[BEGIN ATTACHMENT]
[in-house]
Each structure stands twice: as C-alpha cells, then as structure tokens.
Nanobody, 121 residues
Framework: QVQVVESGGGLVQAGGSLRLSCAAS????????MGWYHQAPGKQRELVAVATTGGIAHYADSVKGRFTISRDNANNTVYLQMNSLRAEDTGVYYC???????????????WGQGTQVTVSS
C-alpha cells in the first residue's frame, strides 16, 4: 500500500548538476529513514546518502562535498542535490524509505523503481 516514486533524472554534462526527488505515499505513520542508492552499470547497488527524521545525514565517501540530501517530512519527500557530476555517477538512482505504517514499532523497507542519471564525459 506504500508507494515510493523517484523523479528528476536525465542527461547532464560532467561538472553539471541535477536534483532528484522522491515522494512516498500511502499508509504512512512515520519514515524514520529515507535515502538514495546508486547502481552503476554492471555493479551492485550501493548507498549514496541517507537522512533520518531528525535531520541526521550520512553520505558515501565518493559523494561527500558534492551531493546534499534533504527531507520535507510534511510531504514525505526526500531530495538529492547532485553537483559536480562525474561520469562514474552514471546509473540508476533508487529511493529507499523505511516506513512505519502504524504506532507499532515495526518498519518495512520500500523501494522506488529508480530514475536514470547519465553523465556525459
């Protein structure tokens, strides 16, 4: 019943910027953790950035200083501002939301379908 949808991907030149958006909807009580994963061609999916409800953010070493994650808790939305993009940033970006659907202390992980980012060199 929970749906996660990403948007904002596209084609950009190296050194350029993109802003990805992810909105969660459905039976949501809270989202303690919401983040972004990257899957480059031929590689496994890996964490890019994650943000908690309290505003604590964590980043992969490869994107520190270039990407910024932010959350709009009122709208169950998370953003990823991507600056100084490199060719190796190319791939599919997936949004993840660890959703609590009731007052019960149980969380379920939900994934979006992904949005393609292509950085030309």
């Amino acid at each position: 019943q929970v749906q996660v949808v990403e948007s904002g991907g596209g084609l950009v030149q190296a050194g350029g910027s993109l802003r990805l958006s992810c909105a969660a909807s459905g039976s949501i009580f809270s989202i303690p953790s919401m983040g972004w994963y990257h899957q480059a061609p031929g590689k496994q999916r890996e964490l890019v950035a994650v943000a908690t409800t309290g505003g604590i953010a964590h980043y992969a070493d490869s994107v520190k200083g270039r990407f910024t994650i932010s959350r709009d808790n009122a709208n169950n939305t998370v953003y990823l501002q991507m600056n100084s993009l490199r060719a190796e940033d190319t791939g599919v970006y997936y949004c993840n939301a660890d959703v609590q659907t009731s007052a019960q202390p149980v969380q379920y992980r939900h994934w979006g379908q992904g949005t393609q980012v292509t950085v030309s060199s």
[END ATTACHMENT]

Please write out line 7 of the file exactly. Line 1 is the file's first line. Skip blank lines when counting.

């Amino acid at each position: 019943q929970v749906q996660v949808v990403e948007s904002g991907g596209g084609l950009v030149q190296a050194g350029g910027s993109l802003r990805l958006s992810c909105a969660a909807s459905g039976s949501i009580f809270s989202i303690p953790s919401m983040g972004w994963y990257h899957q480059a061609p031929g590689k496994q999916r890996e964490l890019v950035a994650v943000a908690t409800t309290g505003g604590i953010a964590h980043y992969a070493d490869s994107v520190k200083g270039r990407f910024t994650i932010s959350r709009d808790n009122a709208n169950n939305t998370v953003y990823l501002q991507m600056n100084s993009l490199r060719a190796e940033d190319t791939g599919v970006y997936y949004c993840n939301a660890d959703v609590q659907t009731s007052a019960q202390p149980v969380q379920y992980r939900h994934w979006g379908q992904g949005t393609q980012v292509t950085v030309s060199s």